Essential HTML tweaks for accessible themes

Talk by Martin Stehle / View Slides

The short talk shows developers, theme authors and plugin authors how to write the Hypertext Markup Language (HTML) code of themes and plugins for meeting the Web Content Accessibility Guidelines (WCAG) 2.1.

There are important success criteria in the WCAG which affect the way how you write the HTML code for your users. Do you know which ones? And do you know which functions are provided by the WordPress core to fullfill those criteria? This talk shows them all.

The talk provides you the tricks about

  • how to approach the challenge of writing accessible HTML code in an easy and effective way,
  • how to set informations and relationships of the content,
  • how to establish a meaningful sequence of the content,
  • how to write alternatives for non-text contents.

In detail you can learn about the WCAG-compliant generation of e.g.

  • continuous texts,
  • forms on WordPress options pages,
  • tables.

Questions on “Essential HTML tweaks for accessible themes

  1. Q: Since the title element can only contain text, would you recommend avoiding language changes in page titles, or using different text for the title element and the main page heading?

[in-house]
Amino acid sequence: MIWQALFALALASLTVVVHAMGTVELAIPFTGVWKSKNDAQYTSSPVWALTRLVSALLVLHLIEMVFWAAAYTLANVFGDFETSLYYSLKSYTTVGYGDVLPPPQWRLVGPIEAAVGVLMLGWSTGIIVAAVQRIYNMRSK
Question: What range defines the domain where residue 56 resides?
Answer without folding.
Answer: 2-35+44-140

1. Yes, I recommend to avoid language changes in the title element to stay comprehensible for all users (and also accessible). Instead use the language of the website, even in the title of the page content, and use the foreign text in the rest of the content.

  2. Q: WordPress doesn’t provide any native tools for making forms; but they’re clearly needed by most sites. Do you have a recommended form plugin for WordPress?

    1. My opinion is: a length of 60 – 70 characters is sufficient. Think about a list of posts with fatured images, and all these images have an alt text. Short texts help to scan that list quickly. I’d use “very lengthy” alt texts as image captions.

    1. A very bad example is any element with the “onclick” event. Use the A element instead.
      Bad examples of Javascript interactivity are often found in forms when Javascript events like “onchange” and “onsubmit” trigger changes which an assistive technology is not aware of and so the user, too., E.g. loading a new page after an option in a selection field was selected.
      A good example is: first develop without Javascript. If that work, you can add Javascript interactivity as long as assistive technologies (and so the users) aree awre of the changes created by Javascript. That approach is also known as “Progressive enhancement”.

  3. A very bad example is any element with the “onclick” event. Use the A element instead.
    Bad examples of Javascript interactivity are often found in forms when Javascript events like “onchange” and “onsubmit” trigger changes which an assistive technology is not aware of and so the user, too., E.g. loading a new page after an option in a selection field was selected.
    A good example is: first develop without Javascript. If that work, you can add Javascript interactivity as long as assistive technologies (and so the users) aree awre of the changes created by Javascript. That approach is also known as “Progressive enhancement”.